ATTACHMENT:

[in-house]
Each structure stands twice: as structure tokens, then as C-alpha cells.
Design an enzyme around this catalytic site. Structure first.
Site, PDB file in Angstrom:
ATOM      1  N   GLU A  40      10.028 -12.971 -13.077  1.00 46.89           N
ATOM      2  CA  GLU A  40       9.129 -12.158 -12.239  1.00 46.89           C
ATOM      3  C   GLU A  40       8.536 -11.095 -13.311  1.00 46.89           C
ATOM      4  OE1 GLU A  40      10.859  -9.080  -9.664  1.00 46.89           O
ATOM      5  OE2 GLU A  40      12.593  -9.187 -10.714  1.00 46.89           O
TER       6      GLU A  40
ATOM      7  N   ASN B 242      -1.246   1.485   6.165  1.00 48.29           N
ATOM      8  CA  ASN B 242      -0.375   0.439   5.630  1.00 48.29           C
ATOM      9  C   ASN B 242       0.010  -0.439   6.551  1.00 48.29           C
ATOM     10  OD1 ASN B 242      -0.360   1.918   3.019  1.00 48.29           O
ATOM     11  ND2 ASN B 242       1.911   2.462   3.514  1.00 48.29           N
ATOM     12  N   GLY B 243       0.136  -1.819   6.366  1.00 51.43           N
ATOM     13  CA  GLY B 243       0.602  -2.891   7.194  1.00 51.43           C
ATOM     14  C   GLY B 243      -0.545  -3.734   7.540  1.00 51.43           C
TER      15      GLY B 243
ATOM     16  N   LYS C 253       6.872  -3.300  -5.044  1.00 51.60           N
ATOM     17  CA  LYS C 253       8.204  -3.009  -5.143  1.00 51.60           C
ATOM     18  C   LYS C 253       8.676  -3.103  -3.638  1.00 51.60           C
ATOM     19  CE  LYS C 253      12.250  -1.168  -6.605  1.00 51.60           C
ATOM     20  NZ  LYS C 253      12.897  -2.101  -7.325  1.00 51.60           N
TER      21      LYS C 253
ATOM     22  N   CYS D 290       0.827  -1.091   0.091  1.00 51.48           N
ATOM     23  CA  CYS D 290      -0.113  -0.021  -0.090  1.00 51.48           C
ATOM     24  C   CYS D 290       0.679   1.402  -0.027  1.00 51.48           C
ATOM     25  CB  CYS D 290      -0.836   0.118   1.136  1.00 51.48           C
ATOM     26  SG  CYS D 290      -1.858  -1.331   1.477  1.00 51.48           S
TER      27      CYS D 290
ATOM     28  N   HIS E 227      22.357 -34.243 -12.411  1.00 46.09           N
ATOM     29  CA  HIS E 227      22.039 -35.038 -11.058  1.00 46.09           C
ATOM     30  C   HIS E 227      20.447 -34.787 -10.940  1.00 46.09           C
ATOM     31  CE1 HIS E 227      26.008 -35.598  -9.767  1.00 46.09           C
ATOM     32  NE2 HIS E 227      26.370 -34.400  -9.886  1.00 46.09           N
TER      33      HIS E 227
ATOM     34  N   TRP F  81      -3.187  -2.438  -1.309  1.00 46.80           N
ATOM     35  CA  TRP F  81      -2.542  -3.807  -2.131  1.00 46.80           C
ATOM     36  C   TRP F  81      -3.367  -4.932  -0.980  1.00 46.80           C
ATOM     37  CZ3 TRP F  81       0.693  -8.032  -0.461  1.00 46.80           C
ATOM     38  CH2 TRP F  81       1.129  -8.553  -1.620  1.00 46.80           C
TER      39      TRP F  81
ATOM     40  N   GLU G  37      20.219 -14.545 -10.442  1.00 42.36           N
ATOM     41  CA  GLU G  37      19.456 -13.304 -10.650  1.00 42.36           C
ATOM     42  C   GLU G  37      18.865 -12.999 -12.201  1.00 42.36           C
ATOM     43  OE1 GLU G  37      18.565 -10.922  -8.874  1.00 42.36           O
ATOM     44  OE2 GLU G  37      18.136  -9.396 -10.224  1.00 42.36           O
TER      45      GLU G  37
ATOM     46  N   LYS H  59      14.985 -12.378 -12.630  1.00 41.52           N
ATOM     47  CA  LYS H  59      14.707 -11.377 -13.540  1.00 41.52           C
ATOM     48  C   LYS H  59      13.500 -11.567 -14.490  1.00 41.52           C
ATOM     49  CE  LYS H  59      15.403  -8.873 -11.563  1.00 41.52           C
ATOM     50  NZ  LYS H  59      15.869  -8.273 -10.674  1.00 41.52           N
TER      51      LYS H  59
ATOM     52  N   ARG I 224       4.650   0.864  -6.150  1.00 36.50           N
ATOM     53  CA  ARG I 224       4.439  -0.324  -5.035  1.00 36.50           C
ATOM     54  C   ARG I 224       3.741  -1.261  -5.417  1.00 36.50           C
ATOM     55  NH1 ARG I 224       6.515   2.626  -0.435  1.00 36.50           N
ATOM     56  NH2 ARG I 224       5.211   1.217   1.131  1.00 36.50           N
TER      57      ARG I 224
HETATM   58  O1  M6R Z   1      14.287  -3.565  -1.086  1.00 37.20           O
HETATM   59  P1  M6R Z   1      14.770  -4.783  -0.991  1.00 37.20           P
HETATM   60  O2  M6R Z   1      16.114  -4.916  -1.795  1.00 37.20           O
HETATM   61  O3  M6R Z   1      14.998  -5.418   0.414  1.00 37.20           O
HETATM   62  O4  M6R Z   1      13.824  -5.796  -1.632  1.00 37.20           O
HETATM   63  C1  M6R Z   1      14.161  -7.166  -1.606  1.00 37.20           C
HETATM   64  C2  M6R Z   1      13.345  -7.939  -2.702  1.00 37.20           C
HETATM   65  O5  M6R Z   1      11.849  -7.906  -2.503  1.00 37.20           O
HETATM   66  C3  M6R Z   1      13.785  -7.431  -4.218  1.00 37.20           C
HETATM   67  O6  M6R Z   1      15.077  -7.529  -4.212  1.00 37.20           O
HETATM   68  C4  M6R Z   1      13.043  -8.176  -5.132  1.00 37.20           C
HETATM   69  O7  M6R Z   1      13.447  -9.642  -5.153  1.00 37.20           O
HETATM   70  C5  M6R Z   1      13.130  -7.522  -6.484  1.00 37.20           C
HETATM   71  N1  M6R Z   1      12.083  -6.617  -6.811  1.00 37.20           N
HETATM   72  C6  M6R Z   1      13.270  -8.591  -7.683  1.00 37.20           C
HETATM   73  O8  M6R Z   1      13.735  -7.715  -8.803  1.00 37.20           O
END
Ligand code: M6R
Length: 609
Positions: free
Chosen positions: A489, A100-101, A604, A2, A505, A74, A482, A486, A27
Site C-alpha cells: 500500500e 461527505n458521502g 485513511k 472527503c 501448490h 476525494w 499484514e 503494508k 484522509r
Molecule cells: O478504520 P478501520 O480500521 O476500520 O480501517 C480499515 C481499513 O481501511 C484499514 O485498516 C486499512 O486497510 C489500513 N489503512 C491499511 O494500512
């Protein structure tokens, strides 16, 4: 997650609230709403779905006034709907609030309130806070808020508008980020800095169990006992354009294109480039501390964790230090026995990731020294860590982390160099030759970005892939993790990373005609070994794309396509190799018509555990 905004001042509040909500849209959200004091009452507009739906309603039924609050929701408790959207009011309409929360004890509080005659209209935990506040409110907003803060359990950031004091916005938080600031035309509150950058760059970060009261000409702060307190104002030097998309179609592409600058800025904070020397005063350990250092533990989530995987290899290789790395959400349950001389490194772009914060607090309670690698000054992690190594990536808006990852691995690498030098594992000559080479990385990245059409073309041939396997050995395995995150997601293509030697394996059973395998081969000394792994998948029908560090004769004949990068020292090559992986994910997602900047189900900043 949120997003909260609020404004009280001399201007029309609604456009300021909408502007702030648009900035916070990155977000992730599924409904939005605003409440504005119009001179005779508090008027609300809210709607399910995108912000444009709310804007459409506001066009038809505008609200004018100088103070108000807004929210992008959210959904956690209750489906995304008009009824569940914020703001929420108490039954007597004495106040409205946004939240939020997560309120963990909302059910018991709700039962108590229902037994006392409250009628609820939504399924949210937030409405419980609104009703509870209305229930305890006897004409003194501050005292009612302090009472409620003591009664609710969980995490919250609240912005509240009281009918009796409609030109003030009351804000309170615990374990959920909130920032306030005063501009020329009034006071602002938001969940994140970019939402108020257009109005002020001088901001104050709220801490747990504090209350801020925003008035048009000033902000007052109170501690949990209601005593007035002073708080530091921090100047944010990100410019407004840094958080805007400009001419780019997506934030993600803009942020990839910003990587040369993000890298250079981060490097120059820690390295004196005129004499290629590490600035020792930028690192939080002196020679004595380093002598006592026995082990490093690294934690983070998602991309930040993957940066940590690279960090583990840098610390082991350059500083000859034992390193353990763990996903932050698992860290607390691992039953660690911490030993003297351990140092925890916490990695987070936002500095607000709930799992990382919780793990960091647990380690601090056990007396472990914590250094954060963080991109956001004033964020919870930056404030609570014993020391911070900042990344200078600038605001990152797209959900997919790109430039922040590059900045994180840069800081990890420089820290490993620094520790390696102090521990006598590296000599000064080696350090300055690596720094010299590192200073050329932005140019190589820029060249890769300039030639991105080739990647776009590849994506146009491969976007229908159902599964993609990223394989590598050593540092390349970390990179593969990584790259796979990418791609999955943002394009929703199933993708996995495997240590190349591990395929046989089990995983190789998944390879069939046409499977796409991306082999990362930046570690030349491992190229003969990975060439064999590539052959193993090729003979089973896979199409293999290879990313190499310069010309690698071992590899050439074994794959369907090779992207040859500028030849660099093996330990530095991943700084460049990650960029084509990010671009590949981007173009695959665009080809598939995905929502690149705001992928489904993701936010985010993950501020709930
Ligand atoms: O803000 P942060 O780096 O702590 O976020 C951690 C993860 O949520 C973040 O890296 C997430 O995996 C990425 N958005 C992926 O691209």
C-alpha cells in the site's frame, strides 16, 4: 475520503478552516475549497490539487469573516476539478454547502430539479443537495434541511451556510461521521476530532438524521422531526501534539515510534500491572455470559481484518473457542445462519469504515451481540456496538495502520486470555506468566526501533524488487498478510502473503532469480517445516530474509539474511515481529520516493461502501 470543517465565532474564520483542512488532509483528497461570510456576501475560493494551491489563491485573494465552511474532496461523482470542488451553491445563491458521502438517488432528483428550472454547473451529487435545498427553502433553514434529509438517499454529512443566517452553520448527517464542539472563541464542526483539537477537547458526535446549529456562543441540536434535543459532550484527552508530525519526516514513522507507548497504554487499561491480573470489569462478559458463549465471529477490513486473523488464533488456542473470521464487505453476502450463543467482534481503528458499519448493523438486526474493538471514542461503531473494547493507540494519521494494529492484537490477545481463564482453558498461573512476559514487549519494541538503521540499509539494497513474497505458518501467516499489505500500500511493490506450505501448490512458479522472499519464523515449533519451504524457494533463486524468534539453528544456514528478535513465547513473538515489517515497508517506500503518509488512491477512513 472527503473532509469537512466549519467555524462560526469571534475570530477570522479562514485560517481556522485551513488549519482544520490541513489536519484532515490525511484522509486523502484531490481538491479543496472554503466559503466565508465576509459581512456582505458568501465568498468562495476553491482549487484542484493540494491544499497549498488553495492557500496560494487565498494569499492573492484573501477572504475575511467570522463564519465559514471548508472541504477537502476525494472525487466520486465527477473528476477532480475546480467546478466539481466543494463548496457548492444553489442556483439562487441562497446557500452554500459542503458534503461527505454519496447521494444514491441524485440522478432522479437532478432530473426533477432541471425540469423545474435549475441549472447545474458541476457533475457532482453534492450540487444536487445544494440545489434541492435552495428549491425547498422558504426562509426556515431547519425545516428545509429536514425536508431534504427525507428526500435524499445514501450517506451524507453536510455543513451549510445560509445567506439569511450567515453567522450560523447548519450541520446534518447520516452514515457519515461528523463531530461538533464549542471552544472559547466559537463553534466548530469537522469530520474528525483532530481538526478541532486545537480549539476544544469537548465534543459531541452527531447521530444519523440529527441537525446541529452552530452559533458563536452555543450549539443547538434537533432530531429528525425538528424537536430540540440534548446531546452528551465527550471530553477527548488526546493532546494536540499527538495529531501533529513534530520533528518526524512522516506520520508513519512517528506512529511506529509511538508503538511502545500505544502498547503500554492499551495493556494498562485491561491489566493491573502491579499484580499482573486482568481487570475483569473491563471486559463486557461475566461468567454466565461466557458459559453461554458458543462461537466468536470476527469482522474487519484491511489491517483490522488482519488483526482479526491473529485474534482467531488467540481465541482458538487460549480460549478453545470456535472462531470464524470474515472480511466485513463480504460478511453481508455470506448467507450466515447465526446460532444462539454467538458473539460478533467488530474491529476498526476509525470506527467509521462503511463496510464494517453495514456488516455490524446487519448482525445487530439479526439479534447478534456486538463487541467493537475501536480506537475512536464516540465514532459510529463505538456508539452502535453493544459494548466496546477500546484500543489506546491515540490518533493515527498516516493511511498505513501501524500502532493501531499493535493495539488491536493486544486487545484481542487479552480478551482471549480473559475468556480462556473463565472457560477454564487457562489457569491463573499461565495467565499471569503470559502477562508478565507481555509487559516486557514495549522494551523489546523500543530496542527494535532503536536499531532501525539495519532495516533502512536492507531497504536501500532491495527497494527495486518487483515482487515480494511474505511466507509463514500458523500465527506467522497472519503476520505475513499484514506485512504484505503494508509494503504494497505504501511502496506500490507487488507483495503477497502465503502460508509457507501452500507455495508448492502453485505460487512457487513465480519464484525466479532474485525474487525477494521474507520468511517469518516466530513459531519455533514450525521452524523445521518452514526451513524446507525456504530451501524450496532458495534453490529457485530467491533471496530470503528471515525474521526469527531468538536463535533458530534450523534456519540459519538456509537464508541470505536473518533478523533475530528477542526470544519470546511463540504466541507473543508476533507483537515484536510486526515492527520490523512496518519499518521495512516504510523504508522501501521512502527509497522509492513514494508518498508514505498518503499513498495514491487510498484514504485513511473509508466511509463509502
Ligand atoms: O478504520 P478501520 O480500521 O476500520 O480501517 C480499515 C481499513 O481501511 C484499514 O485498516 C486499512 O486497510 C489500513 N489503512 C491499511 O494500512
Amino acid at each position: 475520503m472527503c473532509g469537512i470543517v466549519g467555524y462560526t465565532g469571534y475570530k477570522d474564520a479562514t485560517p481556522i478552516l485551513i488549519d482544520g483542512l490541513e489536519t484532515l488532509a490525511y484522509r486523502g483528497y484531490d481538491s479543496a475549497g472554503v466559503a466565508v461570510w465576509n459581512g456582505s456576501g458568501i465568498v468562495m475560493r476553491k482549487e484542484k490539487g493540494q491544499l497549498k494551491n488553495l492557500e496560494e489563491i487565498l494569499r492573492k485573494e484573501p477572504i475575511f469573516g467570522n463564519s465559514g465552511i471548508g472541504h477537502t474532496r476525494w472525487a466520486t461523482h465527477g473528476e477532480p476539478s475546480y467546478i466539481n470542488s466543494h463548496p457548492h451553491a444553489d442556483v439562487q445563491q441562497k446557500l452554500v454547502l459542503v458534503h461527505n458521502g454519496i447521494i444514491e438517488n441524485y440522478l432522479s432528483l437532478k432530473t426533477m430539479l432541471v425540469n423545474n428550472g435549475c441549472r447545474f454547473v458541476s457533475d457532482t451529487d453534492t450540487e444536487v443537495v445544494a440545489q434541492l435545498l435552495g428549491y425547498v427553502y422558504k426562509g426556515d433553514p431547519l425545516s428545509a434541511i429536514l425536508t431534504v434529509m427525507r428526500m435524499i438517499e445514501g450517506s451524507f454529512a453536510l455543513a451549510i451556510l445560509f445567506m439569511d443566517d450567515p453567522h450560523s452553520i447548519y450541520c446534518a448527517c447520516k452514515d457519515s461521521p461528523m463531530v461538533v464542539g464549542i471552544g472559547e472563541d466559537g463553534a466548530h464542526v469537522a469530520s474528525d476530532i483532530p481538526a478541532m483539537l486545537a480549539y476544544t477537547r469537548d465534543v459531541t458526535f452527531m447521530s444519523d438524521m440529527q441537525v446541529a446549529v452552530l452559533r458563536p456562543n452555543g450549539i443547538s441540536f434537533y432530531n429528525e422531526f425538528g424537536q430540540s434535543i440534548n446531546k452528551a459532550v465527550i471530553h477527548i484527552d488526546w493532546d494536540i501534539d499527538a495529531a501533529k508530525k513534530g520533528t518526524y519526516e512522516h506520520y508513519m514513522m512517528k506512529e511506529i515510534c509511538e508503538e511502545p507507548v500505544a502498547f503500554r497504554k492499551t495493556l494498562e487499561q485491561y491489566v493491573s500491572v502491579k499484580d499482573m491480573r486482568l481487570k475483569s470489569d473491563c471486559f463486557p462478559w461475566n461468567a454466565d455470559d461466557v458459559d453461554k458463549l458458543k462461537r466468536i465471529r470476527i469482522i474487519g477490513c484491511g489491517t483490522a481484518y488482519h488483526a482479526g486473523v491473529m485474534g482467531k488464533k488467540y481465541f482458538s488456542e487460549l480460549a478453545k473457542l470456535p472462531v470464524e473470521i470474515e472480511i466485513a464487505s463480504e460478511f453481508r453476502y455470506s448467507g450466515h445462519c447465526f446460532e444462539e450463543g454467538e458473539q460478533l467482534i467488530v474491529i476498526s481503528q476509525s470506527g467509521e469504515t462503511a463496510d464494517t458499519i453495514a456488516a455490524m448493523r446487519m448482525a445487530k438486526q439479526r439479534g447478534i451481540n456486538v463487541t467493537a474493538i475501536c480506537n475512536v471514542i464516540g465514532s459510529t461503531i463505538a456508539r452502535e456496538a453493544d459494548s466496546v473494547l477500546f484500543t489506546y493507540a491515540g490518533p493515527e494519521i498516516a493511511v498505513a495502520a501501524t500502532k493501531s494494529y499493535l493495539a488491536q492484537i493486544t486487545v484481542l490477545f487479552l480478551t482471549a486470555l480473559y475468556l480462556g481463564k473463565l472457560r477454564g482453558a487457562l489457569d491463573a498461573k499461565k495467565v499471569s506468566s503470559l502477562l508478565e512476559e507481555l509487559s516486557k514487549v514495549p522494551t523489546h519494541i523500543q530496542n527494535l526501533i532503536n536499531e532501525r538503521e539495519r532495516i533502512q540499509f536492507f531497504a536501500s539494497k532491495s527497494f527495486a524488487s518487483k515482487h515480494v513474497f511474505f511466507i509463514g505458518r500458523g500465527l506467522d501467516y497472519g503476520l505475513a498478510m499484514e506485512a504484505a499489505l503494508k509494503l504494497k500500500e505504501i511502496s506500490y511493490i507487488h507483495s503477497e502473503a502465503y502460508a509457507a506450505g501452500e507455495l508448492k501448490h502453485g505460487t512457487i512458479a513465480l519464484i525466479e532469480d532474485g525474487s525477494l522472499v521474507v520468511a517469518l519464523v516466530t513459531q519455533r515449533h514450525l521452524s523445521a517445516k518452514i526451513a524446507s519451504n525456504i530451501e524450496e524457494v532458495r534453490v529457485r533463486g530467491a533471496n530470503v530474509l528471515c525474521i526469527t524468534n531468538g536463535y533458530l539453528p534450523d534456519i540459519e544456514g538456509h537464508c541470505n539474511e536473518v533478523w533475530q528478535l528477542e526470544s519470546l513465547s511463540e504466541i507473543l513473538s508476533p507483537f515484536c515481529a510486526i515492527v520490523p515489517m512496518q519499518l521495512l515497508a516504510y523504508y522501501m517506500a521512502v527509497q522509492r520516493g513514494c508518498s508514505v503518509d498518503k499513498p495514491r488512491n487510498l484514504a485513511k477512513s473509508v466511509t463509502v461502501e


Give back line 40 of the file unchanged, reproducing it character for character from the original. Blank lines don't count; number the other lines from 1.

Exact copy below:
ATOM     36  C   TRP F  81      -3.367  -4.932  -0.980  1.00 46.80           C